The guide, published today on the website of the Ministry of internal Affairs of great Britain, is intended for researchers who are engaged in growing animals in human bodies or to use the hybrid creatures to explore methods of treatment of human diseases. These researchers also established a Supervisory body that will provide advice on the conduct of ethically ambiguous experiments.
The document was prepared in consultation with the Office for use of human tissues, office of the fertilization and embryology of man and the Academy of medical Sciences of great Britain. Experiments in this area decided to split into categories according to their degree of ambiguity.
Low priority will be given to research which has already become customary such as the use of mice with human cancer tumours to study the influence of drugs. A high priority is set for experiments for which you want to prove their scientific value and ethical acceptability. In this case we are talking about experiments on primates, tissue transplant the human brain in animals, or creating animal resembling a human form.
For experiments, the latter category will require substantiation, what is their benefit for health. As a result, scientists will be able to legally experiment on animals with the brain, “similar to human”, or using animals in human eggs and sperm.
The British government hoped, The Times noted that the simplification of rules for creating hybrids of humans and animals, will make the country a world centre for such studies that can lead to major discoveries aimed at eliminating the shortage of donor organs. The publication explains that the new technology will help in future to grow organs to order in sheep or pigs.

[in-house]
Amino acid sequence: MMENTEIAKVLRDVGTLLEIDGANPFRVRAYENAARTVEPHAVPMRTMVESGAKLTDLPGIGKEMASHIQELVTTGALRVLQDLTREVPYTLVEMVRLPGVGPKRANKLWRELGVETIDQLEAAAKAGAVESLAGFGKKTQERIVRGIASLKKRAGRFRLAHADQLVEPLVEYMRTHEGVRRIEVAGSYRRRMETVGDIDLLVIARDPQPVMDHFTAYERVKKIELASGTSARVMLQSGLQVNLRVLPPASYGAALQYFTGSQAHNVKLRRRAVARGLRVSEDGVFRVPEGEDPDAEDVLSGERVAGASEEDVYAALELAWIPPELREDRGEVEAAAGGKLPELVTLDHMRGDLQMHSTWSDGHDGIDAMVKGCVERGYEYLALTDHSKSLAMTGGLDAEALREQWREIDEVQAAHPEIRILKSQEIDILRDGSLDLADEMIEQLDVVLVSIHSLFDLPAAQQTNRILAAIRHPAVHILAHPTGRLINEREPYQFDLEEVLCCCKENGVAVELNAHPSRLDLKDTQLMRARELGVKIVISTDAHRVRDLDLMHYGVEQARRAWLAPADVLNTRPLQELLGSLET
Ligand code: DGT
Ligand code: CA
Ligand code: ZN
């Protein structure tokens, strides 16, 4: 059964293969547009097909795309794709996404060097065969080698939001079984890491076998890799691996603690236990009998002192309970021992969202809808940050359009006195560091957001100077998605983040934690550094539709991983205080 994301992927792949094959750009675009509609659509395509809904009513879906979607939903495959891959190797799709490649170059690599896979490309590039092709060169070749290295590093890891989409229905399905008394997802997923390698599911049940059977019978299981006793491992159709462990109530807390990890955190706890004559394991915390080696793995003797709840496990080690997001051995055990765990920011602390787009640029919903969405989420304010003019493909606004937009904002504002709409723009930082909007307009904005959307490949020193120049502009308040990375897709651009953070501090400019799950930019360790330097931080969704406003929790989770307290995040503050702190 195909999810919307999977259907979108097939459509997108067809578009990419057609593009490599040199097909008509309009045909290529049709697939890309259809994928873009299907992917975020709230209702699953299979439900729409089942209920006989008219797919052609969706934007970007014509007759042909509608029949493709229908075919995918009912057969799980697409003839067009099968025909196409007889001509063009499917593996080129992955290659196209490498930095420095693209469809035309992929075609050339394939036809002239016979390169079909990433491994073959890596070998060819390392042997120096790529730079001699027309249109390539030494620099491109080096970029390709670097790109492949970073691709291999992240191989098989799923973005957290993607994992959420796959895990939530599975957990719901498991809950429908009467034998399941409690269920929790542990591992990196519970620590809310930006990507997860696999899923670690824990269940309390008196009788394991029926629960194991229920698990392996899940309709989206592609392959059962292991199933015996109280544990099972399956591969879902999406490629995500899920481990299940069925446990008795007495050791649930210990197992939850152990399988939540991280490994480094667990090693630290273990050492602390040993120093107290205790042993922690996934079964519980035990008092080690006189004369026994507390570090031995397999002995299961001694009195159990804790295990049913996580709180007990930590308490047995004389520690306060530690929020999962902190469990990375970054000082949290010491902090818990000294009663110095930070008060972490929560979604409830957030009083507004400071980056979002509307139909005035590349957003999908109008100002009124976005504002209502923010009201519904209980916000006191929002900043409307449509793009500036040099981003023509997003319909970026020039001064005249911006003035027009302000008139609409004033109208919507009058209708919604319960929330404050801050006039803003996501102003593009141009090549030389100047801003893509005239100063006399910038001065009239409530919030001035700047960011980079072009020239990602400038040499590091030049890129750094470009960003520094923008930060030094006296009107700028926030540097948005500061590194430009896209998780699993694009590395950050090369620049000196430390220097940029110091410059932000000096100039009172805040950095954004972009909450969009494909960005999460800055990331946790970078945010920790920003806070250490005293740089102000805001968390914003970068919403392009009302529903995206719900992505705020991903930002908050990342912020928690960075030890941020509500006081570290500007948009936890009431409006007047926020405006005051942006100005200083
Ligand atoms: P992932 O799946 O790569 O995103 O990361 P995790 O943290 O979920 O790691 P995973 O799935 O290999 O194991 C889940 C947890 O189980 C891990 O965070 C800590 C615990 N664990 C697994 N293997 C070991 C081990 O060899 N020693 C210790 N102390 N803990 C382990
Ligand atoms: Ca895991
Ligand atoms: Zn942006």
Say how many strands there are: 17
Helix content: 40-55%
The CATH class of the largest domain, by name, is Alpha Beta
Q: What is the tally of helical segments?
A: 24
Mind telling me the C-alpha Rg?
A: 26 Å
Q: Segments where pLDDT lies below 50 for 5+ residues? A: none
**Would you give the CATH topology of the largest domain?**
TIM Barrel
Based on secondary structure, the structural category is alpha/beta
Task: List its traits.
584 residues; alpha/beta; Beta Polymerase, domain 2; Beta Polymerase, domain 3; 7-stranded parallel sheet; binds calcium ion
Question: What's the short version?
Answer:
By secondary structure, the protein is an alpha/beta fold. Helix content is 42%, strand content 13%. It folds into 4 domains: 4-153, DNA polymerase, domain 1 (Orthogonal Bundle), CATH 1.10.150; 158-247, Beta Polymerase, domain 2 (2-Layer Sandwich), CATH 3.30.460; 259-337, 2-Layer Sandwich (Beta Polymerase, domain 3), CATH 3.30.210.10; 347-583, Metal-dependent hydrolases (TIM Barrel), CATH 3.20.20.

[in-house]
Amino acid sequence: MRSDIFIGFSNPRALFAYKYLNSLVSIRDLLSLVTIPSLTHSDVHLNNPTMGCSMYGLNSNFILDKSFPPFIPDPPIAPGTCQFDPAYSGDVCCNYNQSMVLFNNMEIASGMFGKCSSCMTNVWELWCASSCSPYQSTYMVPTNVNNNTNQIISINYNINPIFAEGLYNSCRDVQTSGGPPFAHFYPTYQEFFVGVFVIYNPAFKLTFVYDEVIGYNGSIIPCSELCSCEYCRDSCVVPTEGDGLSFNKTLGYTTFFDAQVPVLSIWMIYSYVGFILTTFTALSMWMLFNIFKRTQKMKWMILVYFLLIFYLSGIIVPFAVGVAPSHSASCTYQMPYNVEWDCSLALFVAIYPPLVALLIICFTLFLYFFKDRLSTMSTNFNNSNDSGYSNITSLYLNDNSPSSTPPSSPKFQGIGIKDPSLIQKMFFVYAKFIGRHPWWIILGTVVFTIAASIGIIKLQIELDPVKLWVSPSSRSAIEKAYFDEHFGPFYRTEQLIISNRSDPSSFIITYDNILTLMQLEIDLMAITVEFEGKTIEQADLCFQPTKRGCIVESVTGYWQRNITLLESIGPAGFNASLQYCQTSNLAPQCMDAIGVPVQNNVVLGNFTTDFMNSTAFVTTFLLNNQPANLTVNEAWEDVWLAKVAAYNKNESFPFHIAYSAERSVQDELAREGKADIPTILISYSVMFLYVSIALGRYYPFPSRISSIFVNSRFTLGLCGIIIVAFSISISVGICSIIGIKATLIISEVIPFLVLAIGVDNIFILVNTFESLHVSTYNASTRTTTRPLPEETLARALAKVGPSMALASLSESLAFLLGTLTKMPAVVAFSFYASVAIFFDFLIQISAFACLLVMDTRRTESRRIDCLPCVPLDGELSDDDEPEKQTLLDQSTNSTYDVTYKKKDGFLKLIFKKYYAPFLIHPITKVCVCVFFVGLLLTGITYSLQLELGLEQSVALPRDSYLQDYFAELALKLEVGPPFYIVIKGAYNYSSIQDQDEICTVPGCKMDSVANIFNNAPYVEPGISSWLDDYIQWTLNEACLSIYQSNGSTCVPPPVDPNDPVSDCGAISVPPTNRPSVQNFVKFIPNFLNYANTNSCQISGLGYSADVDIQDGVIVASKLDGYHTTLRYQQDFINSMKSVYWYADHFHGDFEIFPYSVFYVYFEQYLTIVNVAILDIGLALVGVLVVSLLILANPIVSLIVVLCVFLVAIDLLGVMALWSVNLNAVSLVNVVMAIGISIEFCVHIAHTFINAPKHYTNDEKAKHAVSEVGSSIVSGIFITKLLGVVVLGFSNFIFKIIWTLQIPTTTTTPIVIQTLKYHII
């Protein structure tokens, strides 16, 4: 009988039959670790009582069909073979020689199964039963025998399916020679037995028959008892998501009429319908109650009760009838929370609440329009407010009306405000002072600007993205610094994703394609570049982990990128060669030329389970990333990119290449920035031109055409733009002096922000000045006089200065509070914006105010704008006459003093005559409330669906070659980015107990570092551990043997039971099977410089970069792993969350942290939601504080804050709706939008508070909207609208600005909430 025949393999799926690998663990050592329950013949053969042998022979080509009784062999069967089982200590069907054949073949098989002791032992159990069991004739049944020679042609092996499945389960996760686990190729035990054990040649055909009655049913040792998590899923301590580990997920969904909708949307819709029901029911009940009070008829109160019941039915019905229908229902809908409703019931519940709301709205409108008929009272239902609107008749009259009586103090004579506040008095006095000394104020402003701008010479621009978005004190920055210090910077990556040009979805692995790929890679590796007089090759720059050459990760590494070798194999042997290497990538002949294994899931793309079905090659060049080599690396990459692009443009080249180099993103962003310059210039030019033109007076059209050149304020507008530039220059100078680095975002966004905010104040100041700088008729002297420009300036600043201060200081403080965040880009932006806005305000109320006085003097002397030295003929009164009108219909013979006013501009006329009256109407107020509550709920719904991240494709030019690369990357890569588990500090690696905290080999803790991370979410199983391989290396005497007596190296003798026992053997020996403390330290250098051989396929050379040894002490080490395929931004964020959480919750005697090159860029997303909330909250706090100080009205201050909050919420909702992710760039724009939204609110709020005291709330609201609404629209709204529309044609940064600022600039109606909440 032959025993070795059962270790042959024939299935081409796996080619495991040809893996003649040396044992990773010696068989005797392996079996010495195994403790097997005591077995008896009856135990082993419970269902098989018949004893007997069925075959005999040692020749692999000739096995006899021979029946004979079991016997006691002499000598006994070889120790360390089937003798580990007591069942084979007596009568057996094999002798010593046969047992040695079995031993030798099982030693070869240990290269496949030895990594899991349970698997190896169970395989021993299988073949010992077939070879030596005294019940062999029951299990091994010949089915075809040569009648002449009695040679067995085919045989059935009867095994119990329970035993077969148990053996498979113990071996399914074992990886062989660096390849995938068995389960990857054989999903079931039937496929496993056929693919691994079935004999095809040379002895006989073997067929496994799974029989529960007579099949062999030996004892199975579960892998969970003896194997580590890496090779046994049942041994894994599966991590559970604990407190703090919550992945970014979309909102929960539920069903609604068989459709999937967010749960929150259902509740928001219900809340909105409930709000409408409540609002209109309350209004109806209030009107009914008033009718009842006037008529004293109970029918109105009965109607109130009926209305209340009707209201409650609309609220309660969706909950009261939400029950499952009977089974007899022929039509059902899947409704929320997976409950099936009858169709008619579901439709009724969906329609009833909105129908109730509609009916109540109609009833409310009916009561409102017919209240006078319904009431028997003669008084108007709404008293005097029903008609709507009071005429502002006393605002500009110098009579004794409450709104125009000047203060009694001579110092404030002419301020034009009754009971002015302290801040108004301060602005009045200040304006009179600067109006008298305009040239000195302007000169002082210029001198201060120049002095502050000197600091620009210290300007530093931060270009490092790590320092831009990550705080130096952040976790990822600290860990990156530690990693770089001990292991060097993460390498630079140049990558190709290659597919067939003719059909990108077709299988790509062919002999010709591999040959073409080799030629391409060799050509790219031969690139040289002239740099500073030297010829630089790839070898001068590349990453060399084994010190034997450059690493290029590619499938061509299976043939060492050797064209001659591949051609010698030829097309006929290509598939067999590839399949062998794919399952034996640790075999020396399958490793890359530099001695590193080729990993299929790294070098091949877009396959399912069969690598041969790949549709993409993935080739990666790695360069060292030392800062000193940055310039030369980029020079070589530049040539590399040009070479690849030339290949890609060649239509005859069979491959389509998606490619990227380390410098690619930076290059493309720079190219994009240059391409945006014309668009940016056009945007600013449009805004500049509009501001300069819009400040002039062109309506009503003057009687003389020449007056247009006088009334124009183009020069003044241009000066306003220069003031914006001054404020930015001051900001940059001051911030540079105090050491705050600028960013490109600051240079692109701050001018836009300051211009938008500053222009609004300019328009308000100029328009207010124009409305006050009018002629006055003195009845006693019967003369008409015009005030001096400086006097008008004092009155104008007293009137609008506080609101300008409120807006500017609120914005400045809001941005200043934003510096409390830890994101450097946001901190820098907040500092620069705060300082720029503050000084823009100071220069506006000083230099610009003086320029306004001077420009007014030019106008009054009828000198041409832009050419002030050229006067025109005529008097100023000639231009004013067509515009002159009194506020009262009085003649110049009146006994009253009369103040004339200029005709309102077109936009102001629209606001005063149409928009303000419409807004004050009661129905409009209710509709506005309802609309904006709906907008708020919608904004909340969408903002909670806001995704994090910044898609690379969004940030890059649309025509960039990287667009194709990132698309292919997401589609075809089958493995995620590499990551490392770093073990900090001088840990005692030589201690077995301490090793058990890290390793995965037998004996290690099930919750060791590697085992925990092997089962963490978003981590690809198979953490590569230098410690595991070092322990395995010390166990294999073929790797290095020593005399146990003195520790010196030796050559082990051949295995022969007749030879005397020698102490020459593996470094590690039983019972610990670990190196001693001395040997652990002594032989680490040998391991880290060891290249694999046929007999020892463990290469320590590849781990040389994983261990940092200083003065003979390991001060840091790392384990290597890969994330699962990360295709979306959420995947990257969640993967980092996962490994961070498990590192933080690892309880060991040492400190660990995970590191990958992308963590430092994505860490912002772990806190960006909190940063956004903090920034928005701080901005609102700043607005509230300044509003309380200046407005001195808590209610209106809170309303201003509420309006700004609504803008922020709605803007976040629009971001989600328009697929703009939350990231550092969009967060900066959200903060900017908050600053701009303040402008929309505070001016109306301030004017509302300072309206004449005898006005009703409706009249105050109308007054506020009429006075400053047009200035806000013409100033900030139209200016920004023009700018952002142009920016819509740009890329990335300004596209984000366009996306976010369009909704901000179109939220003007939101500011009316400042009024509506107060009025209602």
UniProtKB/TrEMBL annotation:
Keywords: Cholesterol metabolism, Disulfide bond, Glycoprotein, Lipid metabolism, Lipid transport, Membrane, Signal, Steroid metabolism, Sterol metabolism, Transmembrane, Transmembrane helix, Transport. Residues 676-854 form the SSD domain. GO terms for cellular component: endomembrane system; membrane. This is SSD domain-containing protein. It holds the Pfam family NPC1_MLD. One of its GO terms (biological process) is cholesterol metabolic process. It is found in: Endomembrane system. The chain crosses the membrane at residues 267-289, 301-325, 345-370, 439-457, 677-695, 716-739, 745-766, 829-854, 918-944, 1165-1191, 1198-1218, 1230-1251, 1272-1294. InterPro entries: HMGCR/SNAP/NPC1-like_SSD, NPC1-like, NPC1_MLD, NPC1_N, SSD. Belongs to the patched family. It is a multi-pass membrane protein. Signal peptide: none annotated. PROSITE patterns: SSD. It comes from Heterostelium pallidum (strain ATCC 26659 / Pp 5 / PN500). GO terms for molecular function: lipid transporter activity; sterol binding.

In early February, as reported by bi-Bi-si, the British authorities permitted the modification of the genome of a human embryo using the technology of CRISPR/Cas9. Earlier in Europe intervention for the purpose of modifying genes in the human embryo has been banned.
The permission was issued only for experiments for research purposes to find out how to treat infertility in women and to prevent birth defects and various pathologies in children.
At the end of January in an interview with Scientific American Spanish scientist Juan Carlos Belmonte Izpisua involved in the creation of chimeras with human cells, said that his work has earned the approval of Pope Francis. The official position of the Vatican on this issue are not yet known, the Russian popular scientific edition N+1.